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Charlotte Observer: Benefits Changes Could Be Halted In Charlotte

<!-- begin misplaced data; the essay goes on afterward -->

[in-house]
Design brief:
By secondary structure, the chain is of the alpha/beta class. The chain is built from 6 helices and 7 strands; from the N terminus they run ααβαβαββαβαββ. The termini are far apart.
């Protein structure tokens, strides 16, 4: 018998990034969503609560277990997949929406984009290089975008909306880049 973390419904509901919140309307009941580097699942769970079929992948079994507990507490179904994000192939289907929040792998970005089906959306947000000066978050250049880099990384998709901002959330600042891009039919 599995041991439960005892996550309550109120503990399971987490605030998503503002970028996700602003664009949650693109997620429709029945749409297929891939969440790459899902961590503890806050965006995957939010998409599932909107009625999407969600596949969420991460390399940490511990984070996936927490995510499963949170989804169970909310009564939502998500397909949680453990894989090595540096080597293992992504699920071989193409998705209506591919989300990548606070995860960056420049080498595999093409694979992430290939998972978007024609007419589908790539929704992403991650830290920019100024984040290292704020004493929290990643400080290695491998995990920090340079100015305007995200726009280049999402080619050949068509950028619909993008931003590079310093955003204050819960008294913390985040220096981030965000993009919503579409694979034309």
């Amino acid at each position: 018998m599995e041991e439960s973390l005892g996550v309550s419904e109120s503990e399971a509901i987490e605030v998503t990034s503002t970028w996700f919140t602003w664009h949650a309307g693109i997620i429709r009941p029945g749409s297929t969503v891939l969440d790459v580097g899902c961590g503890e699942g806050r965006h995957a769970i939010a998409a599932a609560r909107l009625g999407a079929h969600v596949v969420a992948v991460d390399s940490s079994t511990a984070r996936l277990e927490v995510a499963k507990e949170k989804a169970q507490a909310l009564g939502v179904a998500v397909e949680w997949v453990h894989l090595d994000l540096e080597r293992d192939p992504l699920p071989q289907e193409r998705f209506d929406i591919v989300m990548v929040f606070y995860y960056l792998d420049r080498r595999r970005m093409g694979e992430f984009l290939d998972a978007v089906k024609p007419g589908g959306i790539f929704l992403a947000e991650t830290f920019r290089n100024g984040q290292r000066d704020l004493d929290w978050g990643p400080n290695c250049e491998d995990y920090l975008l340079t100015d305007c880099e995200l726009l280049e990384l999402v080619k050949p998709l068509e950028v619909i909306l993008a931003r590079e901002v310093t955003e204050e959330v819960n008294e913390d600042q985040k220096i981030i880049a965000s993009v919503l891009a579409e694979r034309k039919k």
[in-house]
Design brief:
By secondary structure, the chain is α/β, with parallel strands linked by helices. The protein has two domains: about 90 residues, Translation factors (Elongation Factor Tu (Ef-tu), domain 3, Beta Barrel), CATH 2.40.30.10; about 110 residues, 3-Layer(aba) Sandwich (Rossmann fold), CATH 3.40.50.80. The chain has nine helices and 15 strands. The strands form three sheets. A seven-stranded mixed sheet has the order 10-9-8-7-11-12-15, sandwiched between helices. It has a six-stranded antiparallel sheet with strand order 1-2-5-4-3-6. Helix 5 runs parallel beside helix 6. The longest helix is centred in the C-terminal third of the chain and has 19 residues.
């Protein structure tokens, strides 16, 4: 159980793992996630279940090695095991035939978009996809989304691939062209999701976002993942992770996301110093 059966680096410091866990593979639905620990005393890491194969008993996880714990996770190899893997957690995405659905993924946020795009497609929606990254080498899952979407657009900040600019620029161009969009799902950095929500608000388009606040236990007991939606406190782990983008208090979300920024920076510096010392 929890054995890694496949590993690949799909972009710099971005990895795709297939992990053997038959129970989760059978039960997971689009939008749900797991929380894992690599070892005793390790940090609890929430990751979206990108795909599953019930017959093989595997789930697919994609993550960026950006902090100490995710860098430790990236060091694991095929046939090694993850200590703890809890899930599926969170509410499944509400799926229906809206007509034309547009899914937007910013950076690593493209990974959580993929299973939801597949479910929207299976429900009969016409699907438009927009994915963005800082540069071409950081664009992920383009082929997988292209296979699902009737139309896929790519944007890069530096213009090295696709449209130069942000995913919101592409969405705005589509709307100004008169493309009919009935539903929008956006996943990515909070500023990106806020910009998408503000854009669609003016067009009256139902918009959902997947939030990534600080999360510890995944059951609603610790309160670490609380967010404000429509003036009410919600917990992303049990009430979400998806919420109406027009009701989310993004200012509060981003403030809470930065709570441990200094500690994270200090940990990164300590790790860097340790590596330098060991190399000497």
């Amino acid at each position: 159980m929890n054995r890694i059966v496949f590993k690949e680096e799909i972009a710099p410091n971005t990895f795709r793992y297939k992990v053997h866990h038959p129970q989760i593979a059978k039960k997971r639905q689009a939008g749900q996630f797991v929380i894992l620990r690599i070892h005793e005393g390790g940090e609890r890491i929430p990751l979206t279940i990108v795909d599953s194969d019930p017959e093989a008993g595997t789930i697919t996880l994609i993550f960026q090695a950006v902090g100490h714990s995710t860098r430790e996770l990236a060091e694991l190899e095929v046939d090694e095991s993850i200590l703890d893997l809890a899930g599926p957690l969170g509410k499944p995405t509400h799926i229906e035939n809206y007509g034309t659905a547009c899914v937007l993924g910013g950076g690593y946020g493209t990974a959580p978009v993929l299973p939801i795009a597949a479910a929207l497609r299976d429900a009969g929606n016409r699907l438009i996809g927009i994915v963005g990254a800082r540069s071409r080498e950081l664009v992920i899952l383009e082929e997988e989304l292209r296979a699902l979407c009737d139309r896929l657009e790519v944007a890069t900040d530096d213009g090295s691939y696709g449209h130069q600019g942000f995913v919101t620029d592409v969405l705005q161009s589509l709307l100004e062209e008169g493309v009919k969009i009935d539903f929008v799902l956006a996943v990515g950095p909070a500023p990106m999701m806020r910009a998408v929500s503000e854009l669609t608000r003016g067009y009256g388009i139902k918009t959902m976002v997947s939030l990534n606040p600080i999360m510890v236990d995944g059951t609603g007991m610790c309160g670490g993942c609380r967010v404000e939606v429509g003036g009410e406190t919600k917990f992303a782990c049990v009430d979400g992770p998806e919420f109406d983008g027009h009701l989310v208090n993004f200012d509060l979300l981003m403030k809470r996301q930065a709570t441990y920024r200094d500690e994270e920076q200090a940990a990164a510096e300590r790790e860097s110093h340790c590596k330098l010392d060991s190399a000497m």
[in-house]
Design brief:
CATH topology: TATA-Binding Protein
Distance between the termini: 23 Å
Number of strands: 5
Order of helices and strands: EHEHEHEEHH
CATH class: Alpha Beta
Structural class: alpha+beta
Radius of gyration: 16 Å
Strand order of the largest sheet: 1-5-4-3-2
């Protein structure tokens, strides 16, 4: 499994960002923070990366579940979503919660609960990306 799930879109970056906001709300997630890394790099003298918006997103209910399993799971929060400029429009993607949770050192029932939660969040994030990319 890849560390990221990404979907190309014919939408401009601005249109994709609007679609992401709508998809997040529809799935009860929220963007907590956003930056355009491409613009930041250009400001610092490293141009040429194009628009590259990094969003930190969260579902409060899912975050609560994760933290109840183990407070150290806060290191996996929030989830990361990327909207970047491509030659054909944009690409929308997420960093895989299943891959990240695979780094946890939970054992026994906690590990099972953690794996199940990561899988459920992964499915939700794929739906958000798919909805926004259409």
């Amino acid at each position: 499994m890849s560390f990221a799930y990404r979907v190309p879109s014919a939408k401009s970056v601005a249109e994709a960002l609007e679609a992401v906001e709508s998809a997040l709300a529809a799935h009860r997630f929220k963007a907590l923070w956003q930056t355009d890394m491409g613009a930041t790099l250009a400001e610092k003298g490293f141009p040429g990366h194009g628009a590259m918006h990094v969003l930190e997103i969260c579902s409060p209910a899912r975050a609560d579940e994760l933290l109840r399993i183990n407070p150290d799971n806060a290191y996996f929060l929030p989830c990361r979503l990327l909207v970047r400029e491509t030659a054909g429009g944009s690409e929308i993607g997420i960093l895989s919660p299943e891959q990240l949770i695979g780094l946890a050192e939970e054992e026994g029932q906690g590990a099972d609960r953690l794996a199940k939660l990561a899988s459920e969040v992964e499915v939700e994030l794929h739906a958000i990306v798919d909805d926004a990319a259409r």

Curt Walton Some Charlotte City Council members said they are prepared next month to approve offering same-sex benefits for employees, despite questions whether it would be legal in the wake of Tuesday's passage of Amendment One. On Wednesday, Charlotte City Manager Curt Walton recommended the city offer for the first time benefits to same-sex partners. Walton said the city was pursuing the change so the city would be competitive with the private sector in attracting and retaining employees. But during Wednesday's budget meeting, Democrat Michael Barnes asked whether the city should move forward, given the questions about what will be legal under Amendment One. During the debate before Tuesday's vote, critics of the amendment said it would prohibit same-sex benefits and other domestic partnership benefits currently offered by public employers. Charlotte City Attorney Bob Hagemann said the city was going to discuss the issue with Mecklenburg County, which already offers same-sex benefits. In addition, the city will likely discuss the issue with other N.C. municipalities and possibly seek an opinion from the N.C. Attorney General. Hagemann said he thought some of the pre-election analysis about the impact of the amendment might have had "a political tinge to them." On Thursday, Hagemann said it's unlikely the issue would be settled before City Council is scheduled to vote on the budget June 11. He is preparing a memo for council members discussing the pros and cons of moving forward, but declined to say what the risks would be. Hagemann did say he anticipates there will be a lawsuit over governments offering same-sex benefits, and the issue would likely be settled by the State Supreme Court. Democrats currently have a 9-2 majority on City Council, and some believe there is a majority in favor of offering same-sex benefits. Democratic Mayor Anthony Foxx also said he supports offering benefits. But it's unclear if there are six votes who are in favor of moving forward by early June. Two Democratic council members - John Autry and LaWana Mayfield - said they will vote yes regardless of the legal risks. Mayfield said she is willing for the city to be a "test case" in order for it to offer the most competitive benefits possible. She is the council's first openly gay member, and was elected in November. Autry agreed. He said the city must approve the same-sex benefits to be competitive. "Look, universities are doing it, Duke Energy, Wells Fargo and Bank of America are doing it because they realize it's the best way to recruit and retain." Democrat Patsy Kinsey is also an adamant supporter of offering same-sex benefits, though she couldn't be reached Thursday about the legal complications of a June 11 vote. Republicans Andy Dulin and Warren Cooksey said they will ask for the same-sex benefits package to be removed from the overall budget vote and have a separate vote taken. Both said they would vote against it. "I'm a no vote, and have been for the last seven years," Dulin said. Said Cooksey: "We have benefits that extend to families to support families. I view family benefits as supporting family unit as established in state law and tradition." Democrat James Mitchell said the issue is a "tough one." "I'm still having an engagement with the community," Mitchell said. "I'm getting input on the issue." He said he's worried about a June 11 vote. If approved and upheld, the same-sex benefits would go into effect in January. Walton said the full-year cost to the city would be $150,000. If the city approves the benefits and loses in court, it's possible the city could be responsible for the plaintiff's attorneys fees. Mayor Pro Tem Patrick Cannon, a Democrat, said he's concerned about a vote that he said "could put taxpayers at risk." He also said city staff needs to make a detailed "business case" for the extended benefits, and is said he's concerned whether it would be discriminatory to not offer the benefits to non-married, opposite-sex partners. Mecklenburg Commissioner Bill James began pushing on Wednesday for the county to remove same-sex benefits. In an email Wednesday to County Attorney Marvin Bethune and County Manager Harry Jones, James wrote: "Since Amendment One has passed, when will we [county commissioners] get a memo or something that outlines what changes we need to make to our health plan to be in compliance? I recall when the Democrats on the Commission forced the issue and added these benefits for homosexuals that a number of legal experts said it was illegal then. Now that Amendment One has passed it obviously is illegal to offer this benefit as there is now only one 'domestic legal union' recognized in the state" Jones said the county's legal team and HR staff are looking into the issue. Voters approved Amendment One on Tuesday by a margin of 61 percent to 39 percent, according to unofficial results. Seven of the state's 100 counties voted against the amendment, including Mecklenburg. Copyright 2012 The Charlotte Observer. All rights reserved. This material may not be published, broadcast, rewritten or redistributed.